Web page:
But I’m getting ahead of myself. To better understand Undercover’s Elizabeth and the culture she grew up in, let’s step back to 1942 with the government’s rallying call for women to enter into factories for defense production.  Previously, traditional jobs held by women (mostly spinsters) were considered “women’s work” of clerical, school teaching, nursing, or as librarians. Uncle Sam said entering the labor force was their patriotic duty from 1942 through 1945, even encouraging young ladies to join the military for specific roles. With their husbands leaving to fight, wives had suddenly become the sole money earner. That was an amazing opportunity following a period when those same women had been discouraged from working outside the home during the Great Depression as men fought a different fight: epidemic unemployment following the Stock Market Crash of 1929. For many women these three years were a taste―a tease―of the possibilities.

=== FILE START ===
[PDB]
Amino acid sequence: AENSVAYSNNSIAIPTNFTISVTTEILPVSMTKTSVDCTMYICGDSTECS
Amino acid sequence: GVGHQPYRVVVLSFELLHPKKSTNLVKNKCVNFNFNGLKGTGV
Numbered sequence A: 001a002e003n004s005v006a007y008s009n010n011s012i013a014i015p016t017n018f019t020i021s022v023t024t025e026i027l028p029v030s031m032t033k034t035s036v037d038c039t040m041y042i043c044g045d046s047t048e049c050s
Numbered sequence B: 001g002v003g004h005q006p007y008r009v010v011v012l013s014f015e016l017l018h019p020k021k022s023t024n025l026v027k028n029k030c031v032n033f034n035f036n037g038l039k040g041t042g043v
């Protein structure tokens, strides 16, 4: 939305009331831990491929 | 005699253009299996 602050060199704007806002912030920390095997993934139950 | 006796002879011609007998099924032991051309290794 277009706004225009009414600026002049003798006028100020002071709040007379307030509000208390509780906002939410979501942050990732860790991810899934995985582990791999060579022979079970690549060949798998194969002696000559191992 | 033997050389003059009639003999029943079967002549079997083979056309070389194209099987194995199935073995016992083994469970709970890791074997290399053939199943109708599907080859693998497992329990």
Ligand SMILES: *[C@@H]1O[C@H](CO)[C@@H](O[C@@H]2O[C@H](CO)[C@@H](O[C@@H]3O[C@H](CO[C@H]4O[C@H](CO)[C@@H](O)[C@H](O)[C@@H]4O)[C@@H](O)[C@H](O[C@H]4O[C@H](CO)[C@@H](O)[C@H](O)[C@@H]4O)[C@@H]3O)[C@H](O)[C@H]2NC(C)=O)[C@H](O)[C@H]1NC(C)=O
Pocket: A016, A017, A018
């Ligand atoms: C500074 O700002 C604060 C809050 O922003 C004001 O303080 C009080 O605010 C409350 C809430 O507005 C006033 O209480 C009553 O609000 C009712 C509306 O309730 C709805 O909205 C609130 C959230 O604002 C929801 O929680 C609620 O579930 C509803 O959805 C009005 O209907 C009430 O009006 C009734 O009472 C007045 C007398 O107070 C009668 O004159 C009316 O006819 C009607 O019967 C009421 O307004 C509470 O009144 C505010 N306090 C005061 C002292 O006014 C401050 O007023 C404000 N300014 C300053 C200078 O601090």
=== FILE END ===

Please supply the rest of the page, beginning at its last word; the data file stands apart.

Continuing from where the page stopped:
How were the 19 million female war workers rewarded for their “temporary” call to action? Apart from lower wages to their male counterparts (something our gender still struggles against) these new employees were simply given pink slips even though they had excelled at their jobs. After all, the war had ended and the millions of men returning home needed to re-take their place as breadwinners in peacetime production. Close to 90% of women wanted to remain working when asked to give up their newfound sense of individuality, as well as liberation. Further, the G.I. Bill was also putting men through school and dreams of higher education for women were met by closed doors. What choice did our 1940s counterparts have but to settle back into life with a good man and raise a family while pursuing the American Dream?